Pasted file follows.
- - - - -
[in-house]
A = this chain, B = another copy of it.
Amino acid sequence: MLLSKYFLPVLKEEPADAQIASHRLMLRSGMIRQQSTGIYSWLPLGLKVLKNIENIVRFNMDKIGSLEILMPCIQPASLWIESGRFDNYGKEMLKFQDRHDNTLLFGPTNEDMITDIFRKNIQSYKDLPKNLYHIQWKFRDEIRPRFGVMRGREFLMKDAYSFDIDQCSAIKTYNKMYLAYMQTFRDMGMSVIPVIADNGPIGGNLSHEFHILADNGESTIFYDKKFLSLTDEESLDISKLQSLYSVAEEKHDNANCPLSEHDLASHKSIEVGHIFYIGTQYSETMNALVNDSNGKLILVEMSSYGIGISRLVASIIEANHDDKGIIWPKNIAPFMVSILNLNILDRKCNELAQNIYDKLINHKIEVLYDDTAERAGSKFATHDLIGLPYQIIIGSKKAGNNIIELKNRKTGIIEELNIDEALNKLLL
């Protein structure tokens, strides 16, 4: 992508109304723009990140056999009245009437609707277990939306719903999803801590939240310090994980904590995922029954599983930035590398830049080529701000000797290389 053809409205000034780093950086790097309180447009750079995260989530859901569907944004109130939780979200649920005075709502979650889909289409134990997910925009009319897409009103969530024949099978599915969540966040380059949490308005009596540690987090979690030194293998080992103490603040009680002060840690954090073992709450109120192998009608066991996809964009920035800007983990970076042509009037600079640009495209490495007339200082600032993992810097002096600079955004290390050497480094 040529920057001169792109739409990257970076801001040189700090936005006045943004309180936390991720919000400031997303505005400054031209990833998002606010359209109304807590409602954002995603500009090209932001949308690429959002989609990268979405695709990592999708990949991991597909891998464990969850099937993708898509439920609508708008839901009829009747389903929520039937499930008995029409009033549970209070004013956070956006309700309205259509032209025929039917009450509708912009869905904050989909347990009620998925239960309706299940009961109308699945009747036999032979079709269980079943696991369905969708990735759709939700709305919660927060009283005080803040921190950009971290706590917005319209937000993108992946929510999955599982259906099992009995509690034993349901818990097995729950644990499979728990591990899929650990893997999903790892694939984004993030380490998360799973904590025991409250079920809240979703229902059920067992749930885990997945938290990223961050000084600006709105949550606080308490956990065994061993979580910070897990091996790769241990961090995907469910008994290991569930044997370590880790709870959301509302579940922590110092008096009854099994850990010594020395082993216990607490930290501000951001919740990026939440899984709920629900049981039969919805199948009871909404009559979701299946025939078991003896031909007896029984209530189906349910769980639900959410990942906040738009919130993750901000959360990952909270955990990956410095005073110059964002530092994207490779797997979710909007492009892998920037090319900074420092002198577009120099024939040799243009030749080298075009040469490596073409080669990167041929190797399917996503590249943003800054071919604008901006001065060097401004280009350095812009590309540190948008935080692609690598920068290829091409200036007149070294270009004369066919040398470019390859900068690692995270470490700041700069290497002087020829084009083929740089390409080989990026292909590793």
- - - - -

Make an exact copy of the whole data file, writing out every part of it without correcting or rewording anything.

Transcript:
[in-house]
A = this chain, B = another copy of it.
Amino acid sequence: MLLSKYFLPVLKEEPADAQIASHRLMLRSGMIRQQSTGIYSWLPLGLKVLKNIENIVRFNMDKIGSLEILMPCIQPASLWIESGRFDNYGKEMLKFQDRHDNTLLFGPTNEDMITDIFRKNIQSYKDLPKNLYHIQWKFRDEIRPRFGVMRGREFLMKDAYSFDIDQCSAIKTYNKMYLAYMQTFRDMGMSVIPVIADNGPIGGNLSHEFHILADNGESTIFYDKKFLSLTDEESLDISKLQSLYSVAEEKHDNANCPLSEHDLASHKSIEVGHIFYIGTQYSETMNALVNDSNGKLILVEMSSYGIGISRLVASIIEANHDDKGIIWPKNIAPFMVSILNLNILDRKCNELAQNIYDKLINHKIEVLYDDTAERAGSKFATHDLIGLPYQIIIGSKKAGNNIIELKNRKTGIIEELNIDEALNKLLL
């Protein structure tokens, strides 16, 4: 992508109304723009990140056999009245009437609707277990939306719903999803801590939240310090994980904590995922029954599983930035590398830049080529701000000797290389 053809409205000034780093950086790097309180447009750079995260989530859901569907944004109130939780979200649920005075709502979650889909289409134990997910925009009319897409009103969530024949099978599915969540966040380059949490308005009596540690987090979690030194293998080992103490603040009680002060840690954090073992709450109120192998009608066991996809964009920035800007983990970076042509009037600079640009495209490495007339200082600032993992810097002096600079955004290390050497480094 040529920057001169792109739409990257970076801001040189700090936005006045943004309180936390991720919000400031997303505005400054031209990833998002606010359209109304807590409602954002995603500009090209932001949308690429959002989609990268979405695709990592999708990949991991597909891998464990969850099937993708898509439920609508708008839901009829009747389903929520039937499930008995029409009033549970209070004013956070956006309700309205259509032209025929039917009450509708912009869905904050989909347990009620998925239960309706299940009961109308699945009747036999032979079709269980079943696991369905969708990735759709939700709305919660927060009283005080803040921190950009971290706590917005319209937000993108992946929510999955599982259906099992009995509690034993349901818990097995729950644990499979728990591990899929650990893997999903790892694939984004993030380490998360799973904590025991409250079920809240979703229902059920067992749930885990997945938290990223961050000084600006709105949550606080308490956990065994061993979580910070897990091996790769241990961090995907469910008994290991569930044997370590880790709870959301509302579940922590110092008096009854099994850990010594020395082993216990607490930290501000951001919740990026939440899984709920629900049981039969919805199948009871909404009559979701299946025939078991003896031909007896029984209530189906349910769980639900959410990942906040738009919130993750901000959360990952909270955990990956410095005073110059964002530092994207490779797997979710909007492009892998920037090319900074420092002198577009120099024939040799243009030749080298075009040469490596073409080669990167041929190797399917996503590249943003800054071919604008901006001065060097401004280009350095812009590309540190948008935080692609690598920068290829091409200036007149070294270009004369066919040398470019390859900068690692995270470490700041700069290497002087020829084009083929740089390409080989990026292909590793």